'American Horror Story: Freak Show': A background on sideshows - Metro US

‘American Horror Story: Freak Show’: A background on sideshows

fiona goode jessica lange Jessica Lange returns in season four of “American Horror Story.” She played Fiona Goode in season three.
Credit: FX

“American Horror Story” fans found out on Tuesday that season four of the spine-chilling show will be called “American Horror Story: Freak Show.” Jessica Lange will play a German expat running one of the last American freak shows in Jupiter, Fla. in the 1950s, reports Entertainment Weekly. Her troupe will include characters played by Kathy Bates, Sarah Paulson, Evan Peters, Angela Bassett and Frances Conroy. Denis O’Hare and Emma Roberts may also make comebacks.

The details are hush hush, but “American Horror Story” tends to borrow plots and characters from real people and events in history. We talked to Robert Bogdan, distinguished professor emeritus at Syracuse University and author of “Freak Show: Presenting Human Oddities for Amusement and Profit” about the most famous freaks of the time and other plotlines we may see on the show.

1. On Jupiter, Fla.: As far as Bogdan knows, there were no permanent sideshows in Jupiter in the 1950s. However, Gibsonton, Fla., which is about three hours from Jupiter, was a hotspot for “unusuals.” “That’s where a lot of circus people and carnival people spent the winter,” Bogdan explains. “There was a disproportionate number of people who were in sideshows or freak shows there. Some of them ran motels and fishing stores so it’s kind of a famous area for carny and circus people in Florida.”

2. On Jessica Lange as a sideshow manager: Bogdan says the choice to have Lange play a sideshow manager is unusual because almost all of them were men. Moreover, he has never come across a female German expat manager in his research.

3. On the “freaks”: During the 1950s, there were two types of freaks: “born freaks” and “self-made freaks,” according to Bogdan. “There were novelty acts like sword swallowers and putting pins through your arms – things like that,” he says. “‘Self-made freaks’ were tattooed people and people who had done things to make their bodies unusual. And ‘born freaks’ were people with physical anomalies.”

We saw Elizabeth Short (the Black Dahlia) in season one of “American Horror Story” and in season three, we saw historical New Orleans figures, like Marie Laveau, Madame Marie Delphine LaLaurie and the Axeman. Who might we see in season four? Bogdan gave us the names of a few of the most famous “freaks” of the time.

Sideshow Alive: The Monkey Girl from Big Chief Studio on Vimeo.

Percilla the Monkey Girl: Percilla Roman was a woman who had a disorder that made her abnormally hairy. “They’d bill her as ‘half beast, half human,'” says Bogdan. Roman was married to the Alligator Man, Emmitt Bejano, who had a skin condition that made him look like he had scales. You can watch more about their love story above.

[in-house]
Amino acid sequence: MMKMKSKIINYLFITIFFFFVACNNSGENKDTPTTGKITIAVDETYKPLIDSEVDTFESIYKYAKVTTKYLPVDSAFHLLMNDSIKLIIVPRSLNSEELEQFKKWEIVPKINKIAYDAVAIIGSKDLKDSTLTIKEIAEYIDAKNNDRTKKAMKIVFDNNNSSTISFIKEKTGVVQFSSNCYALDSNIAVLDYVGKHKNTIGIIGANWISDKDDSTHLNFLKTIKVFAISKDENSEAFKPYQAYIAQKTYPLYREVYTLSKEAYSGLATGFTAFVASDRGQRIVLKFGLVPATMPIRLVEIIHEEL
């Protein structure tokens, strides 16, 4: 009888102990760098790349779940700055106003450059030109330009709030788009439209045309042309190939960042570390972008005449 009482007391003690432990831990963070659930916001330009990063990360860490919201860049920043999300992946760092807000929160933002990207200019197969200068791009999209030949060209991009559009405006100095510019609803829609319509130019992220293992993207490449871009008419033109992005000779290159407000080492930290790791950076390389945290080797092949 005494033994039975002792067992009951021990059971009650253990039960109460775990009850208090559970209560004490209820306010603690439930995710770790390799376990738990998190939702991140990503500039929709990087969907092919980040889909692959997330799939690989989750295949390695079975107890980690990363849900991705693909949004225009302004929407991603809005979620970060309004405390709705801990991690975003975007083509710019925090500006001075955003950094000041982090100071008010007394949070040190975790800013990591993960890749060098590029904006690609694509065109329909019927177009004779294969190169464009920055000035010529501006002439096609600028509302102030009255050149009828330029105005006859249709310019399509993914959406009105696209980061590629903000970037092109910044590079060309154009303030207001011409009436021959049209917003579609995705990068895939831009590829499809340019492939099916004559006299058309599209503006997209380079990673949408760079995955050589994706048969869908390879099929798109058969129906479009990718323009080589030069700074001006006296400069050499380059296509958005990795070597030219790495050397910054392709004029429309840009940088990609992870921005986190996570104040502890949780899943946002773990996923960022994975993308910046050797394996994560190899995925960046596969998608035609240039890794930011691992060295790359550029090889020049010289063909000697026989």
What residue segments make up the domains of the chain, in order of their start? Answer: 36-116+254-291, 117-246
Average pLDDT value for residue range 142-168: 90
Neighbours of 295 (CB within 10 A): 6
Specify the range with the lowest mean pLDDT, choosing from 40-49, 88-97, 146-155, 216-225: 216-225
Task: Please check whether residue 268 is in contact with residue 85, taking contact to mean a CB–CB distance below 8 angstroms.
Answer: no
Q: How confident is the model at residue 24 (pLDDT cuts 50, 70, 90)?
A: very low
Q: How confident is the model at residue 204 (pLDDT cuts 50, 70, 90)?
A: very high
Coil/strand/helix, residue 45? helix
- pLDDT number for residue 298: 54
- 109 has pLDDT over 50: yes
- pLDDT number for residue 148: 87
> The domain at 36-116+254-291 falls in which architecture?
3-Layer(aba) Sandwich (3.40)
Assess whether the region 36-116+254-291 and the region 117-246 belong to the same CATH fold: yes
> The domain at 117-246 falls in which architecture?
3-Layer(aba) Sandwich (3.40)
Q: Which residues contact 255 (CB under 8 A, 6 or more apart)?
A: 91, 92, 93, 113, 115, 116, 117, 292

Jeanie Tomaini: Tomaini was known as the “half girl” or the “legless wonder.” Tomaini was born without legs and had twisted arms. Like Roman, she also married a fellow “freak.” She could do flips and other stunts – legless people were not an uncommon sight at sideshows in general. Tomaini married Al Tomaini, a giant. The pair traveled and performed together.

Sealo: Stanislaus “Stanley” Berent, also known as Sealo or the Seal Boy, was born with a birth defect that left his arms like short flippers. He is also known for suing the state of Florida for trying to ban freak shows.

Mel Burkhart: Burkhart was a double-jointed wonder who could contort his body and face in addition to doing things like driving nails into his own head.

4. On the last freak shows in the country: Bogdan says that it’s true freak shows were in decline around this time, though there were still many of them traveling around the country, including one attached to Ringling Bros. and Barnum & Bailey Circus and Ward Hall’s sideshow, which still operates to this day as the World of Wonders Sideshow. The sideshow claims on its Facebook page that it is the country’s last traveling sideshow.

Bogdan says sideshows were harder to find in the 1950s because it was becoming politically incorrect to gawk and marvel at disabled people. “One of the reasons they declined is that at least with the ‘born freaks,’ the medical profession took over and these people became labeled as sick,” he says. “They were defined as being freaks before but then became cases to be looked at through a professional lens, not as a public display. Gradually, it became less favorable to see them.” Bogdan remembers when he went to see the Ringling Bros. in the 1950s at Madison Square Garden, where his mother stopped him from seeing the freak show. “It was in the basement and my mother told me, ‘Don’t go in there,'” he says. “By then it was seen as really seedy. And then [Ringling Bros.] dropped it.”

What kind of freaks do you think cast members will play? We have our money on Angela Bassett as a snake charmer – we already saw her do that on season three, after all – and Kathy Bates as a bearded lady. And for some reason, we can imagine Emma Roberts as the Monkey Girl. What do you think?
Follow Andrea Park on Twitter: @andreapark

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